Cleveland Cavaliers Have Cap Space to Be Aggressive in Free Agency
As NBA free agency begins, the Cleveland Cavaliers are coming off a questioned showing on draft night. One positive, though: the franchise has the luxury of ample cap space to be aggressive and acquire quality players looking for a new team.
Thanks to the new collective bargaining agreement, last year's No. 1 pick Kyrie Irving only makes a little over $5.5 million. This year's top picks Dion Waiters and Tyler Zeller both won't crush the cap this year, either.
Here is a breakdown of the salaries the Cavs owe its players for the 2012-13 season:
Players under contract:
Anderson Varejao ($8.4M)
Luke Walton ($6.1M)
Kyrie Irving ($5.5M)
Daniel Gibson ($4.8M*)
Tristan Thompson ($4.0M)
Omri Casspi ($2.2M)
Will the Cavs make the 2013 NBA Playoffs with the current roster?
Total cap space used: $31.7M
Salaries for 2012 NBA Draft picks:
Dion Waiters ($3.1M)
Tyler Zeller: ($1.3M)
Cap space used: $4.4M
Qualifying Offers have been extended to swingman Alonzo Gee ($2.7 million), center Semhi Erden and Luke Harangody. They are all restricted free agents.
The salary situations for Samardo Samuels, Manny Harris, Donald Sloan and D.J. Kennedy are also still to be settled, and they'll go through the Cavs' summer league to see if they can hold a roster spot.
So entering free agency, the Cavs have $36.1 million dollars dedicated to current roster players and the two first-round picks. The soft cap is set at approximately $60 million.
With roughly $24 million dollars to play with excluding Gee's potential deal, the Cavs have plenty of leeway.
Picking Waiters at No. 4 overall on draft night was considered a stretch by some, but the Zeller pick was truly head-scratching.
What is Zeller? Does he even start the first game? He might fill the frontcourt scoring need the Cavs have.
The Cavs traded away a potentially better player at No. 24, as well as the 33rd and 34th overall picks in a very deep draft class to get Zeller, who was selected by the Dallas Mavericks at No. 17.
One positive is that wing player Kelenna Azubuike was included in the Zeller trade, and he provides perimeter shooting help.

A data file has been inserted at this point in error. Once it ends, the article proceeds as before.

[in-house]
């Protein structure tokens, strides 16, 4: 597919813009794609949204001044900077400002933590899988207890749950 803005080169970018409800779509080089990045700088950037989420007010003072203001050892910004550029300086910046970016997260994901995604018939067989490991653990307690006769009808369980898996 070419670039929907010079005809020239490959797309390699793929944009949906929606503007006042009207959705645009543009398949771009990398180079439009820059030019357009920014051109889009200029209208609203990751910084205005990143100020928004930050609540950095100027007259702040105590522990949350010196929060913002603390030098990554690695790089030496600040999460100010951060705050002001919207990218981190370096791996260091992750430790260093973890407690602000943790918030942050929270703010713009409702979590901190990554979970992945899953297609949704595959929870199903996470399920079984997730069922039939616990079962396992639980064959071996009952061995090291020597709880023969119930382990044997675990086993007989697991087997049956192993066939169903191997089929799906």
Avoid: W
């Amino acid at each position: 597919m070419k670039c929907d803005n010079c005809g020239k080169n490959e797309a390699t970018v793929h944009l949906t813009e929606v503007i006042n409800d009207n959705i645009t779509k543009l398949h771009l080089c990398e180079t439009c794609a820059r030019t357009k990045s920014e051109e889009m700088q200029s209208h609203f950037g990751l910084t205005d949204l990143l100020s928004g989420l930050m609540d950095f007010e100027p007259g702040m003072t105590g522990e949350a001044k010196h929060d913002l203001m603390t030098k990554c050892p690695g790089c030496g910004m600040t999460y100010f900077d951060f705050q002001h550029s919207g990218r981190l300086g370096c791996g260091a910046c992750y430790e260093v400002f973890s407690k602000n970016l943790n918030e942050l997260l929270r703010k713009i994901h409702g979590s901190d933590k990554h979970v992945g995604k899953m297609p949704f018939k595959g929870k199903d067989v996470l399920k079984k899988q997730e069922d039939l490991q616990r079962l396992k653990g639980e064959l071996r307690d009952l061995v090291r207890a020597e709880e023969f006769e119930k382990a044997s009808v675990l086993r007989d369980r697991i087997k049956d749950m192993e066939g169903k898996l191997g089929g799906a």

Losing out on other draft assets that could have served as valuable building pieces, the Cavs must acquire at least one high-profile player in free agency.
The problem is, it isn't easy to market Cleveland to big-name free agents, which is why to an outsider it may have been wise to gather quality players through the draft.
If there were ever a time to swing for the fences in Cleveland, that time is now.
There should frankly be one option: the Portland Trail Blazers' former versatile wing player Nicolas Batum.
Aside from outside shooting help that Batum also provides, the other glaring weakness the Cavs didn't fill was perimeter defense. Batum would easily be the best on the roster if he were signed.
As stagnant as the Cavs offense was last season (93 ppg, 23rd in the NBA) the defense may have been worse (100.2 ppg, 26th in the NBA).
Since the likes of O.J. Mayo and his $7.4 million Qualifying Offer won't be attracted to a franchise such as the Cavs without a max deal or something outrageous, Batum is the logical option.
Batum shot 39 percent from three-point range last season, but most importantly can defend any perimeter position with his exceptional length.
He would be the perfect glue guy in the Cavs' starting lineup, and would help shore up a very shaky defensive unit.
The qualifying offer for Batum is set at $3.1 million. There is absolutely no excuse for the Cavs not to go over the top of it with so much cap room since Batum satisfies vital needs and is only 23 years old.
Otherwise, who is at the 3 for Cleveland? Gee, Casspi, Walton or Azubuike? Not terribly attractive options, especially defensively.
For the Cavs, free agency should come down to a simple slogan:
Batum or bust.
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